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I am writing a function that transliterates UNICODE digits into ASCII digits, and I am a bit stumped on what to do if the string contains digits from different sets of UNICODE digits. So for example, if I have the string "\x{2463}\x{24F6}" ("④⓶"). Should my function

  1. return 42?
  2. croak that the string contains mixed sets?
  3. carp that the string contains mixed sets and return 42?
  4. give the user an additional argument to specify one of the three above behaviours?
  5. do something else?
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4 Answers 4

If you ever have to handle input in bases greater than 10, you may end up having to treat many variants on the first 6 letters of the Latin alphabet ('ABCDEF') as digits in all their forms.

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Those wouldn't be UNICODE digits then would they? This is related to turning what \d matches (i.e. characters with the digit property) in Perl back into something you can do math with. Matching numbers is something different I leave to the individual. For instance "IV" is sometimes considered a number (4), and sometimes an abbreviation (intravenous). There is no way (baring natural language processing) to determine which meaning (if any) "IV" has. However, "\x{1814}\x{1812}" is unambiguously 42 in Mongolian digits. –  Chas. Owens May 30 '09 at 17:06

My initial thought was #4; strictly based on the fact that I like options. However, I changed my mind, when I viewed your function.

The purpose of the function seems to be, simply, to get the resulting digits 0..9. Users may find it useful to send in mixed sets (a feature :) . I'll use it.

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I'm not sure I see a problem.

You support numeric conversion from a range of scripts, which is to say, you are aware of the Unicode codepoints for their numeric characters.

If you find an unknown codepoint in your input data, it is an error.

It is up to you what you do in the event of an error; you may insert a space or underscore, or you may abort conversion. What you would do will depend on the environment in which your function executes; it is not something we can tell you.

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I think you are wrong. The codepoints specifically do have the same meaning as the digits 0..9, it's just that some cultures use completely different glyphs for them. –  Alnitak May 21 '09 at 14:30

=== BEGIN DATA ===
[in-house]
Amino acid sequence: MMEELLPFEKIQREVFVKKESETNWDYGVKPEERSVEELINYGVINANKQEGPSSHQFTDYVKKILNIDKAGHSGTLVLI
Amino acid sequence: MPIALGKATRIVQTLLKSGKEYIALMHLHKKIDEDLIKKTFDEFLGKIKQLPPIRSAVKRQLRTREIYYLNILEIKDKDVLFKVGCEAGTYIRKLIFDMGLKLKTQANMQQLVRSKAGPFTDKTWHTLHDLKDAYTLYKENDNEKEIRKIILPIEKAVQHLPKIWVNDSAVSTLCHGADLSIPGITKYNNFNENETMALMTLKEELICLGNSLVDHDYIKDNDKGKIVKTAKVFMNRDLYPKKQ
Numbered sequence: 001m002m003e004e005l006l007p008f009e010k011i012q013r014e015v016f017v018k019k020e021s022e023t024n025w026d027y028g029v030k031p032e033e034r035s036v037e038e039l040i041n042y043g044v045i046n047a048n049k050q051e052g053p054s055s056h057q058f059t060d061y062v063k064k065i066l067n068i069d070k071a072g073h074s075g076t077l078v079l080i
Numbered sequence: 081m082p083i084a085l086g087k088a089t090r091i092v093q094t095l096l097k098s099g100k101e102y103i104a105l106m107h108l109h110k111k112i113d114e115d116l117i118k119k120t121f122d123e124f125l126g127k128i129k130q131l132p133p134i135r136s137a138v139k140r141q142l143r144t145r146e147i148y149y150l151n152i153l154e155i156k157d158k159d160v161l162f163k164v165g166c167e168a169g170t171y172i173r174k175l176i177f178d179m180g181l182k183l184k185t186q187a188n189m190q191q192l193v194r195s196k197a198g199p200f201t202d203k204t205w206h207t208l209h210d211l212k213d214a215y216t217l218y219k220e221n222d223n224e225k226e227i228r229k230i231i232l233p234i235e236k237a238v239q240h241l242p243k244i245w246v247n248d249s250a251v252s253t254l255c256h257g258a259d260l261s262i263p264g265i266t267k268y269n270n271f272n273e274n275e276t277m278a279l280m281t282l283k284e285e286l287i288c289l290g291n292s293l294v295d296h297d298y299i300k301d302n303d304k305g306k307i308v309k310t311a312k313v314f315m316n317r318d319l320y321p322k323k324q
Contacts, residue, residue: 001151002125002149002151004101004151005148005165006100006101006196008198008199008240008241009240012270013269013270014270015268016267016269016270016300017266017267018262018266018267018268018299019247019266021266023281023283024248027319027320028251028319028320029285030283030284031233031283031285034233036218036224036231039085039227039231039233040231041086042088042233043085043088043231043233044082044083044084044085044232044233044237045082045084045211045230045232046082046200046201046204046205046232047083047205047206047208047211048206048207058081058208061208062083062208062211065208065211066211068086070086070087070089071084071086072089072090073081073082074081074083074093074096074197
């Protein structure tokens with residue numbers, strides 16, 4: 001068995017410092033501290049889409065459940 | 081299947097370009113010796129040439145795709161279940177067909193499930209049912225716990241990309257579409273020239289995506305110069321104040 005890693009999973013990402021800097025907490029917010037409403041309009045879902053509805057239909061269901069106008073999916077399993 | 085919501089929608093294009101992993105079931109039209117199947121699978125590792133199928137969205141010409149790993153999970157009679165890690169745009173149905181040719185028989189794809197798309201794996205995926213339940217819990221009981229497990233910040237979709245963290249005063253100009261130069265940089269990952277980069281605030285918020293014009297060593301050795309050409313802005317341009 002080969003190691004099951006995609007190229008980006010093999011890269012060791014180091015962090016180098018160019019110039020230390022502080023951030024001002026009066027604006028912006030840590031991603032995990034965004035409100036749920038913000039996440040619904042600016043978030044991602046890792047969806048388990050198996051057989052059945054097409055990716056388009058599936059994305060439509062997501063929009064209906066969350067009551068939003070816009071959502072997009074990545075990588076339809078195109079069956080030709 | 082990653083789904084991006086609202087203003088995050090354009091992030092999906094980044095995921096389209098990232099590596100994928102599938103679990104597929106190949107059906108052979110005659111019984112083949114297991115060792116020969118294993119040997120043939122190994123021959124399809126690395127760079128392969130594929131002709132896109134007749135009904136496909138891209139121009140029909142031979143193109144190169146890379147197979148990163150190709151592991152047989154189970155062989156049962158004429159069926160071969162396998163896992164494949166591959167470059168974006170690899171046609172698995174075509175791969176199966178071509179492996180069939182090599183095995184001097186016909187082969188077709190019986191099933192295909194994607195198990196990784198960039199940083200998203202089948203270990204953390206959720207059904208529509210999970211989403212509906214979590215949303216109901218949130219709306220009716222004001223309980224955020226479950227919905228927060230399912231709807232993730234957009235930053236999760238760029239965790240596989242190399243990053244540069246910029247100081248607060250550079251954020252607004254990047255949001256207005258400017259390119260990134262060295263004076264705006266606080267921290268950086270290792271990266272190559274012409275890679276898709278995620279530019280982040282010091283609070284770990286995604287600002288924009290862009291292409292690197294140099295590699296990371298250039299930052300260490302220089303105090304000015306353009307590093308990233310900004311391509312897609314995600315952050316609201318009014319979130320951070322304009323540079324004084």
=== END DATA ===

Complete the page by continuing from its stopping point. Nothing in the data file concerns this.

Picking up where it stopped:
@Alnitak: you are correct, I mis-read the question. –  user82238 May 21 '09 at 14:35
    
@Atlnitak: answer rewritten –  user82238 May 21 '09 at 14:38
    
I am only transliterating digits, there are 570 characters I can find in UNICODE that have the digit property and the all can be mapped to 0 - 9 (you can check the ranges in the code I linked to), if you know of a counter example, please share it. –  Chas. Owens May 21 '09 at 15:21
    
Note that some characters do not have the digit property, but could still be usefully transliterated: super/sub script numbers for example, are not considered digits, but do have a numeric value. Just in case you want to increase coverage of your function. –  mirod May 21 '09 at 16:17

Your current function appears to do #1.

I suggest that you should also write another function to do #4, but only when the requirement appears, and not before .

I'm sure Joel wrote about "premature implementation" in a blog article sometime recently, but I can't find it.

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Well, since this is going to go up on CPAN, I won't know how people will want to use it. It is easy enough to add an optional parameter to the current function and do some checking if the parameter is passed in, or do what I am doing now if it isn't. What I don't know is if anyone wants that functionality. –  Chas. Owens May 21 '09 at 15:17
    
so add it later when someone asks ;-) –  Alnitak May 21 '09 at 15:49

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